Google CEO on the hot seat in congressional testimony today as leaked internal emails seem to contradict prepared testimony

Sundar Pichai, the CEO of Google (a subsidiary of Alphabet, Inc.), is set to begin testifying before the House Judiciary Committee at 10 A.M. today in a hearing titled "Transparency & Accountability: Examining Google and its Data Collection, Use and Filtering Practices."  In his prepared remarks, Pichai is set to contradict some internal emails that have been leaked in advance of his presentation:

"I lead this company without political bias and work to ensure that our products continue to operate that way," the India-born Pichai said in prepared remarks.  "To do otherwise would go against our core principles and our business interests.  We are a company that provides platforms for diverse perspectives and opinions – and we have no shortage of them among our own employees."

Peter Hasson of the Daily Caller News Foundation presents the gist of leaked emails:

Google employees sought to block Breitbart from Google AdSense less than one month after President Donald Trump took office, leaked emails from the company reveal.

Google employees sought to use alleged "hate speech" as a pretense for banning Breitbart from taking part in the advertising program, the emails show.

Barring Breitbart from the advertising program would have a devastating effect on the site's ad revenue as Google accounts for roughly 37 percent of all digital advertising revenue

Breitbart obtained the emails and published them Monday night, one day before Google CEO Sundar Pichai is set to testify before the House Judiciary Committee.  A Google spokeswoman confirmed the emails's [sic] authenticity to The Daily Caller News Foundation.

Perhaps Pichai will claim that all of this took place without his knowledge or consent:

Google employees crowd-sourced a spreadsheet of examples meant to show Breitbart engaging in "hate speech" as part of a internal lobbying campaign meant to pressure their higher-ups into removing Breitbart from AdSense.

"My team has been reviewing the site on a frequent (at least weekly) from the [original] fake news kick-off discussion," Google's director of monetization at the time, Jim Gray, assured employees concerned about Breitbart. Gray now is now Google's director of trust and safety.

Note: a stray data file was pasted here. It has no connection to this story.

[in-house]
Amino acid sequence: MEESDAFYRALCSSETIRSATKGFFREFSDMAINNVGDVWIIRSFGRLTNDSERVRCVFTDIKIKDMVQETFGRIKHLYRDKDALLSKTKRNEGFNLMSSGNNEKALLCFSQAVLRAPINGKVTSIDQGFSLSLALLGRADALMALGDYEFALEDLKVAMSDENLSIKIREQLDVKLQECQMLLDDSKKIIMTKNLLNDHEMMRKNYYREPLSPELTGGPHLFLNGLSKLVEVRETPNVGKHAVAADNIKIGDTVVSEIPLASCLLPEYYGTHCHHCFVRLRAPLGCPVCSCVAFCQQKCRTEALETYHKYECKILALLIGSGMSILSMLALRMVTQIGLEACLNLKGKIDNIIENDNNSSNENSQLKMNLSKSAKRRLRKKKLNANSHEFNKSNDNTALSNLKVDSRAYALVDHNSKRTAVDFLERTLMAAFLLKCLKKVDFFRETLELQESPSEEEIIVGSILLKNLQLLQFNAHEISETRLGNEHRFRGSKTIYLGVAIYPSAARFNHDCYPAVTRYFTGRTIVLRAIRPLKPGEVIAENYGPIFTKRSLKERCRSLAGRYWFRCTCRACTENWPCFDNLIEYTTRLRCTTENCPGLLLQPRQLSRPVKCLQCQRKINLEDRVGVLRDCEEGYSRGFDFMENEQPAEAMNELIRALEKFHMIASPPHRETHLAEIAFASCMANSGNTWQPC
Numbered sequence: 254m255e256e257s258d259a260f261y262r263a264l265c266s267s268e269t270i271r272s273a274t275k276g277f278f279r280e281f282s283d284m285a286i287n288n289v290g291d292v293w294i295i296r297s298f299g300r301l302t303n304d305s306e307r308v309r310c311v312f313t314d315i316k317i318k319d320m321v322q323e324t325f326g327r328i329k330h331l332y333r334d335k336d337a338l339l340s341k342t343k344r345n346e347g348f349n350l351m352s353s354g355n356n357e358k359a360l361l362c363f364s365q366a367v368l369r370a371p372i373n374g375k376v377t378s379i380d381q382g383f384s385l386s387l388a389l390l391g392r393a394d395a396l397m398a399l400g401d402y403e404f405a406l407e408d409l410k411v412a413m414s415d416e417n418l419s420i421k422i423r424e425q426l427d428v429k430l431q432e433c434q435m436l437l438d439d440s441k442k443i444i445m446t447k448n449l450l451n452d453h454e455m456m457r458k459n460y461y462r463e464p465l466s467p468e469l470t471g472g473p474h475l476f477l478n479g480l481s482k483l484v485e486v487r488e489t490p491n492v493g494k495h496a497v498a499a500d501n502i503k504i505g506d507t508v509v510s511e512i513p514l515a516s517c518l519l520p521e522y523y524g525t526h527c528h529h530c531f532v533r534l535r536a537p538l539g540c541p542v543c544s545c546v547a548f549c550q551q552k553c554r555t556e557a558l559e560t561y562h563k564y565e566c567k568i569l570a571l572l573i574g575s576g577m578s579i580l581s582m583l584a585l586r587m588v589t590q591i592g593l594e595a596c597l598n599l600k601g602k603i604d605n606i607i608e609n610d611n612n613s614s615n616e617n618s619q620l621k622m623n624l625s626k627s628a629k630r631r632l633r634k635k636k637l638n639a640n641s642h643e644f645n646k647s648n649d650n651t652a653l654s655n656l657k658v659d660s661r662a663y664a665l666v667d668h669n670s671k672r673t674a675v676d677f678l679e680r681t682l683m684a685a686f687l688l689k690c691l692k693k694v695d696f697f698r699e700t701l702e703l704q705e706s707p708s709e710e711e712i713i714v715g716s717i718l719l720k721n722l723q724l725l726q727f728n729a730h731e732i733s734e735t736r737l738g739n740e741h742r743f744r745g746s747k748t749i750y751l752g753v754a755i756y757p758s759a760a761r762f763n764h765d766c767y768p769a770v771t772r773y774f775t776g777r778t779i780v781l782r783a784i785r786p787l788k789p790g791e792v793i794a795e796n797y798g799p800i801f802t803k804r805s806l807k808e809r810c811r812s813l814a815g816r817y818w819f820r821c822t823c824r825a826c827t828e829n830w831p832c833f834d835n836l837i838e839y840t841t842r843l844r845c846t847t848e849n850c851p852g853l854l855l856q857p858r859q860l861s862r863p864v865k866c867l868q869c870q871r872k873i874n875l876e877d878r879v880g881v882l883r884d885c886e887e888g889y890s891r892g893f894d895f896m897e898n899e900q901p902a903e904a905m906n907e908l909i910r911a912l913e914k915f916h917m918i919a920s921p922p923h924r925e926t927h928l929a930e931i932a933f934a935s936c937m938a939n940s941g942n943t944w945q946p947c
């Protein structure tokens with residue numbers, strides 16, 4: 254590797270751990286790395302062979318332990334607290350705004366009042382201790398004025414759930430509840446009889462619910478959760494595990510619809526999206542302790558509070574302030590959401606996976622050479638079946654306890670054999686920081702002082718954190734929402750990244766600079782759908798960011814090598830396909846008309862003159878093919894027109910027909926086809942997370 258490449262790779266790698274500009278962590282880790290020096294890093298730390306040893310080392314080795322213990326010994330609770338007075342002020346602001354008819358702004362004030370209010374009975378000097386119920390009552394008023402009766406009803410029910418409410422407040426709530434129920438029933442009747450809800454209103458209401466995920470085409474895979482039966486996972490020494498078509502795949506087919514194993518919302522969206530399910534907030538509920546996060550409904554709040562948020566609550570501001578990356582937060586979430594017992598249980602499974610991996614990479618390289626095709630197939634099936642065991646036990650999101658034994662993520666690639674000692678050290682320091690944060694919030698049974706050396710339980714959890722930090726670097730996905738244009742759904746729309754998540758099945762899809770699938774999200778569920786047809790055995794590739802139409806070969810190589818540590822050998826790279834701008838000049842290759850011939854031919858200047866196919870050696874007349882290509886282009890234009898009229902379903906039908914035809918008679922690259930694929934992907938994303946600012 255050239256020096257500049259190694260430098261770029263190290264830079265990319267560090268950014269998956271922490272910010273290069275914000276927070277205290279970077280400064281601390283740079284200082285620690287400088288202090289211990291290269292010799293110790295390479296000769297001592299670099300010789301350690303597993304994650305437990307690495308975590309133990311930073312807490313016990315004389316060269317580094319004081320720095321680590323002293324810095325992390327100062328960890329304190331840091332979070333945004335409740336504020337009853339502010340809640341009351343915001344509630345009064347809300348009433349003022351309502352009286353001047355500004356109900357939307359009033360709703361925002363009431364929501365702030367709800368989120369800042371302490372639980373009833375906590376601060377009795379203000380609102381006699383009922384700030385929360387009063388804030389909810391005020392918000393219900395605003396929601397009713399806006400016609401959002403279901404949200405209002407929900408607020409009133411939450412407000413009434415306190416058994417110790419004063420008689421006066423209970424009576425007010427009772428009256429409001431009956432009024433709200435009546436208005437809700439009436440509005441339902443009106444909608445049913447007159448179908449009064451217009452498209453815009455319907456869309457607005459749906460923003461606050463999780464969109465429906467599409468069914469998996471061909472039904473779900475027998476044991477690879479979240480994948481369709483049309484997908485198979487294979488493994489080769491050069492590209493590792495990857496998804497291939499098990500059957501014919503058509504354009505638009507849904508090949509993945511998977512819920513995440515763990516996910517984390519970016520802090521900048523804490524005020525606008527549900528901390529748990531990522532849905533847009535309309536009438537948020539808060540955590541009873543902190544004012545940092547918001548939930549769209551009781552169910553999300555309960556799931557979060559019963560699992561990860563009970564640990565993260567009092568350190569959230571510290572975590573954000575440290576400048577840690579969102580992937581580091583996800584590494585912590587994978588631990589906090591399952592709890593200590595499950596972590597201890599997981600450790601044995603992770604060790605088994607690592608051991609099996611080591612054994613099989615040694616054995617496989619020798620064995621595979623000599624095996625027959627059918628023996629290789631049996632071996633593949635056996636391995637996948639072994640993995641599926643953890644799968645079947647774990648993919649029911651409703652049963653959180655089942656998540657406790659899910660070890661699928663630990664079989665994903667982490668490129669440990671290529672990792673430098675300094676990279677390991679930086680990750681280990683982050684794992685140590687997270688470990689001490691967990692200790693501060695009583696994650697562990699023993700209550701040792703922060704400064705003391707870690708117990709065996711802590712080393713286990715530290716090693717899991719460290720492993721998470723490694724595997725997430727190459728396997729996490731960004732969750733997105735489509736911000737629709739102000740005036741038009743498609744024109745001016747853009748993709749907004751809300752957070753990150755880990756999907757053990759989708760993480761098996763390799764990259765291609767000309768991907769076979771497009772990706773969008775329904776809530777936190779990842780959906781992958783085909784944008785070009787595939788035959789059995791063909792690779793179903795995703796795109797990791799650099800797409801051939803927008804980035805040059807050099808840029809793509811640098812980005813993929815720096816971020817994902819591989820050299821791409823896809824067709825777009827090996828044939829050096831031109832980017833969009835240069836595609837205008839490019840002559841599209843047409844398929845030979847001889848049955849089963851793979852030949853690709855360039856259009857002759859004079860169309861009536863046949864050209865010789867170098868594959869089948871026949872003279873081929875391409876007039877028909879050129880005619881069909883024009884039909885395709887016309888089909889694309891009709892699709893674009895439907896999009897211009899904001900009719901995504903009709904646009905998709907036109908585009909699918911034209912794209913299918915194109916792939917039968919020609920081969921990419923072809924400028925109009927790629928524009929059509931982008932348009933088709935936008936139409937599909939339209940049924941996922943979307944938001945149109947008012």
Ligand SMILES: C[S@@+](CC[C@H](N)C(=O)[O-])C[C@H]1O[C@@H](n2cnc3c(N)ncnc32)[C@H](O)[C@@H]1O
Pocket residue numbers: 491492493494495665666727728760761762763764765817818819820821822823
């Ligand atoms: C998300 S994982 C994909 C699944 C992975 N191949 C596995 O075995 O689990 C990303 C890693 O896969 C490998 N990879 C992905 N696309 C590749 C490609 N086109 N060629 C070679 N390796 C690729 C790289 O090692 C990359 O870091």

Richard Zippel, a Google publisher quality manager at the time, similarly noted that Breitbart was being watched closely.  "When sufficient violations have been found we'll take action at the site level," Zippel wrote.  It's unclear whether Zippel is still a Google employee.

For the moment, Breitbart remains part of AdSense.

Pichai will probably present these claims, cited by the DCNF:

Google's spokeswoman denied that the company's advertising program is affected by political bias.

"We have extensive and very well publicized policies for publishers who choose to monetize with Google ads.  We enforce these policies vigorously, consistently and without any political bias," the spokeswoman wrote in an email to The Daily Caller News Foundation.

"We regularly and routinely review sites in our ad network to ensure compliance with our policies.  These emails from early 2017 simply show the AdSense team explaining that such a periodic review was underway," the spokeswoman said.

I do not know if the committee will be hearing testimony from Harmeet Dhillon, the attorney representing fired Google engineer James Damore, but she has been conducting discovery in the course of preparing Damore's lawsuit, and she told Tucker Carlson last night about the evidence she has uncovered of political bias:

Google and Pichai have previously snubbed testifying about potential bias, as Shirin Ghaffary and Kurt Wagner write in Recode:

Tuesday's public testimony will be Pichai's first before Congress in a year in which many of his tech peers have also traveled to Washington.  He notoriously declined an invitation to attend a hearing in September that Facebook COO Sheryl Sandberg and Twitter CEO Jack Dorsey attended.  The Senate committee that held that hearing left an empty chair and nameplate in his place.

Photo credit: Maurizio Pesce (cropped).

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